DeMint remains firmly committed to the Cut, Cap, and Balance Act, and is equally passionate about his distaste for hollow and meaningless “reforms” like the Budget Control Act of 2011. He advocates education, health care, and economic solutions rooted in liberty and personal responsibility, which always decay in unison. He’s willing to entertain both Fair Tax and Flat Tax reforms, provided the nightmarish current system is cleared away.
He sees the Democrat Party, in its current incarnation, as unalterably opposed to all of these ideas, and therefore an obstacle to be defeated. Viewing them any other way is naïve, and dishonest to voters who need to understand the fateful choice they will be making when they cast their ballots. DeMint understands the demands of practical politics well enough to devote an entire chapter to advice for his readers on “Choosing the Right Messengers to America,” including a questionnaire for prospective candidates. “If candidates are not willing to commit to specific positions on issues before they are elected,” DeMint notes, “there is little chance they will stand firm on anything after they are elected.” No one who reads his book will have any doubts about what it takes to get on Team DeMint.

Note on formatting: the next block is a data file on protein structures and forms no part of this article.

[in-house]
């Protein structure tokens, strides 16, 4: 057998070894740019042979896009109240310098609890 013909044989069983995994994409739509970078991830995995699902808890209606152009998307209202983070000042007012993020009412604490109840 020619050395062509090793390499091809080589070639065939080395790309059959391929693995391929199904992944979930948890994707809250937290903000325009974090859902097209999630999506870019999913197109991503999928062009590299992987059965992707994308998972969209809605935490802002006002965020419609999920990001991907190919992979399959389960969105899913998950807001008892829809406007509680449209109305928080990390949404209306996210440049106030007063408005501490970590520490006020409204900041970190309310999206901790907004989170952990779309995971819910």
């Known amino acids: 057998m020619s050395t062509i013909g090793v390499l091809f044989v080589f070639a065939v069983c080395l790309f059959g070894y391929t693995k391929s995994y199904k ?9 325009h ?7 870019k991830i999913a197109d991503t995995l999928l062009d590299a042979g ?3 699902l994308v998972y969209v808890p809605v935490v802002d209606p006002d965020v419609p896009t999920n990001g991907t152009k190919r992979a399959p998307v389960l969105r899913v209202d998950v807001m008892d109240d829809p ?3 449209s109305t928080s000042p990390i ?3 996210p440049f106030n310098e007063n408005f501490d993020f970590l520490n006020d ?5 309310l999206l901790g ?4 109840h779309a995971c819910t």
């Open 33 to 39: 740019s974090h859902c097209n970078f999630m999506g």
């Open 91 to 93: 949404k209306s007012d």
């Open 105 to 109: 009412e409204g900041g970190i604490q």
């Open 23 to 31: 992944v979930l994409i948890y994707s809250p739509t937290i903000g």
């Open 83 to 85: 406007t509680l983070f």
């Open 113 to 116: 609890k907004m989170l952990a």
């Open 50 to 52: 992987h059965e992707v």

“Has America reached a low point from which we cannot escape?” DeMint asks in conclusion. “Absolutely not! A bankrupt and declining nation is not our inevitable fate. It will happen only if we choose to ignore the threats and refuse to solve our problems. It is time for us to confront the threats and solve the problems. We are Americans and we can create a destiny of freedom and prosperity for generations to come – but only if we make the right choices now.”
The immense weight of our bloated and collapsing government will soon begin foreclosing some of those options. Ask the people of Greece or Italy how many “good” options they have. Ask them if they wish their parents and grandparents had chosen differently. It really is now or never.